Spending is up and unemployment down, which means Florida’s economic indicators have been heading the right way for several years.
But the untold story of the state’s economic rebound is that it bypassed almost half of Florida households, which are still struggling to pay for basic needs, according to a new in-depth study of the working poor released Wednesday by the United Way.
That is also true of an 11-county region that includes Tampa Bay, where 43 percent of households struggle to afford child care, food, transportation, housing and health care — an increase of nearly 8 percent since 2010.
Most of that hardship is the result of stagnant wages, the report states, and an economy dominated by low-wage and entry-level jobs.
About 67 percent of the state’s jobs pay less than $20 an hour, equivalent to a salary of about $42,000. Yet, the “household survival” budget for a family of four runs to almost $60,000 a year, the study states.
“That is not a $20 an hour job; that is multiple jobs,” said Doug Griesenauer, the director of financial stability initiatives for United Way Suncoast. “Those high paying jobs are not very prevalent.”
The report is intended to highlight the plight of working families who live above the federal poverty line but find it difficult to afford basic necessities. That leaves them at financial risk when unexpected expenses like car repairs or medical bills arrive.
Some 47 percent of Floridians don’t have money set aside to cover expenses for three months in case of an emergency, a number that was highlighted during the recent federal government shutdown when workers were forced to rely on food banks while they were no longer receiving paychecks.
“They’re having to choose which bill to pay and saving doesn’t become an option,” Griesenauer said. “If people can’t afford to live here, our economic growth can’t continue.”
Across Florida, about 14 percent of families live below the federal poverty level, which in 2016 was $11,800 for an individual and $22,300 for a family of four.
The report found plenty of hardship above that line, too.
The survival budget for a household based on the cost of items like rent, child care, food and transportation comes out to $20,712 for a single adult and $55,164 for two adults with two young children.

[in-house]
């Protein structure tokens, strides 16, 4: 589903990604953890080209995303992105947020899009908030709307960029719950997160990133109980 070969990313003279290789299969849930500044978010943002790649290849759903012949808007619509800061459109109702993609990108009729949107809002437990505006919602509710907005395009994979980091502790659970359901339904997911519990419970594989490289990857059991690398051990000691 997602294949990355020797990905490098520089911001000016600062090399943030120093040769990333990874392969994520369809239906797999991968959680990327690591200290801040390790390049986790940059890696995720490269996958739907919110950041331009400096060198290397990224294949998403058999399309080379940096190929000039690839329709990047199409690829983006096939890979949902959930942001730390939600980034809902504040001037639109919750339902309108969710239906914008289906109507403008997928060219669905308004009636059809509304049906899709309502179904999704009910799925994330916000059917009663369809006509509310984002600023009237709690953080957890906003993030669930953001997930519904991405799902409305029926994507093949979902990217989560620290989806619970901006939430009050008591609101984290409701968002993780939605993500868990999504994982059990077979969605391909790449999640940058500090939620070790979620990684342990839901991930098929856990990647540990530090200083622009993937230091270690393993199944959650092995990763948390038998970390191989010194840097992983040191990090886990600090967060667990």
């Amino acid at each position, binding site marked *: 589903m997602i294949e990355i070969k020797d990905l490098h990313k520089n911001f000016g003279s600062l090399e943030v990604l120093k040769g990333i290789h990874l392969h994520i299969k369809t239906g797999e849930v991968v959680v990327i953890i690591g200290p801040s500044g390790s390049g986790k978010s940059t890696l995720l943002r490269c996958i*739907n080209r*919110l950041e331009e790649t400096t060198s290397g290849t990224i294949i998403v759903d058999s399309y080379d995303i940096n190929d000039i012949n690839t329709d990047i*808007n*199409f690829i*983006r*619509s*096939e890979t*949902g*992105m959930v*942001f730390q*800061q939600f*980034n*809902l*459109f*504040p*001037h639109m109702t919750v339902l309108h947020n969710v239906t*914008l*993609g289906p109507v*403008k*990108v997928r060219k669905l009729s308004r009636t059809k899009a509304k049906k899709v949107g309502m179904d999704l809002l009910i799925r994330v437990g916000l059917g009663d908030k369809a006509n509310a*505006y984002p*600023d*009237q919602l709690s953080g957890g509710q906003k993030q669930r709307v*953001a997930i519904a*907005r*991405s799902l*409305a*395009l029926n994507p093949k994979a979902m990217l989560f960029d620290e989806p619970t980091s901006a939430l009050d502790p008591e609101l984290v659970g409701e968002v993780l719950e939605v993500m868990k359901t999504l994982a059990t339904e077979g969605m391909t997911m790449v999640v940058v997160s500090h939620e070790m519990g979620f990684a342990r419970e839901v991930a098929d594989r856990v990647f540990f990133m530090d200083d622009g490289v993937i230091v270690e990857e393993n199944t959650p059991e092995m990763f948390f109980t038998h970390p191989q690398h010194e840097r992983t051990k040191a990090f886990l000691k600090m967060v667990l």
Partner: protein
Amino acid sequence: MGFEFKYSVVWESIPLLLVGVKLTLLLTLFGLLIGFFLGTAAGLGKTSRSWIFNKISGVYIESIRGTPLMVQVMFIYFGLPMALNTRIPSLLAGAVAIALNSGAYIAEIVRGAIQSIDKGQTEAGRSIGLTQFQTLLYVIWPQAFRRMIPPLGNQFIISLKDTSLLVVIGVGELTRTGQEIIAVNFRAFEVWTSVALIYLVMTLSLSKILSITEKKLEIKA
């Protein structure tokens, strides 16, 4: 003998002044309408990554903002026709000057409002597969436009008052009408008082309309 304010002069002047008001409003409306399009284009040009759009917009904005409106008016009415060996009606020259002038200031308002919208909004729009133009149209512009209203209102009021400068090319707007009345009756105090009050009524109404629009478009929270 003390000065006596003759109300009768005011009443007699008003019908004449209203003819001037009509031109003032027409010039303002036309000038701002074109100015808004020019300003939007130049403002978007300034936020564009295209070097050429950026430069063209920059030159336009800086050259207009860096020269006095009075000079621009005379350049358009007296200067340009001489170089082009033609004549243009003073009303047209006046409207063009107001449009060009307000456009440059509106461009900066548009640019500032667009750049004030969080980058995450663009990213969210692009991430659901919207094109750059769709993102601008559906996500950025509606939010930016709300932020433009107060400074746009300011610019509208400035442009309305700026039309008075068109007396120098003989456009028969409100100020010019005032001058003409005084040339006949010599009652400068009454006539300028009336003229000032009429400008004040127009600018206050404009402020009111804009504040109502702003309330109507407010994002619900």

About 47 percent of Florida families earn less.
Clearwater resident Victoria Townsend-Brooks, 50, is one of those finding it tough.
She retired after working for 32 years as a Greyhound bus driver. Her family of three still had income from her husband, Jeffery Brooks, who works as a cook at Nature’s Food Patch.
But Townsend-Brooks contracted lupus and needed five surgeries. Her husband developed high blood pressure and also needed medical treatment.
The medical bills forced her back to work, a mostly part-time job shopping and delivering groceries for others. On a good week, she makes about $500 for more than 40 hours of work.
The reports she constantly hears about Florida’s booming economy seem like they’re describing another country.
“It’s not getting better,” she said. “Every year, your rent is going up. The cost of medicine is high, but your wages are at a standstill.”
Her job means the family needs a second car but struggles to afford servicing them. Medical bills seems to arrive almost every week.
“I can send them a little, but I can’t pay the full amount,” she said. “If I give them the $900 they’re asking for right now then my family is going to go without food or we won’t have gas to get to work.”
The failure of wages to keep pace with the increasing costs of basic necessities, up about 20 percent since 2010, is identified as a particular concern for working families.
For instance, the number of retail sales jobs in Florida has risen almost 30 percent since 2010 yet the median hourly pay has fallen by 2 percent, to only $10.33 an hour, according to data compiled the U.S. Bureau of Labor Statistics. The number of customer representative jobs has risen by almost 50 percent over the same period. The median hourly rate in that field has risen only 3 percent, to $14.06.
Townsend-Brooks, her daughter, Sierra Miller, and leaders of United Way traveled to Tallahassee and met with state lawmakers Wednesday to call on them to provide more help for working families.
The United Way has produced the study, known as the “Asset Limited, Income Constrained, Employed,” or ALICE report, every two years since 2012 to highlight the difficulties faced by families.
It uses data from the Census and federal agencies compiled through 2016.
“The ALICE Reports shows us that, although economic recovery is happening in our community, it’s not happening equally for everyone,” United Way Suncoast CEO Suzanne McCormick said in a statement. “When nearly half of households in our community are on the financial edge, it’s clear we have to work together to address these big issues around housing, transportation and skilled employment opportunities.”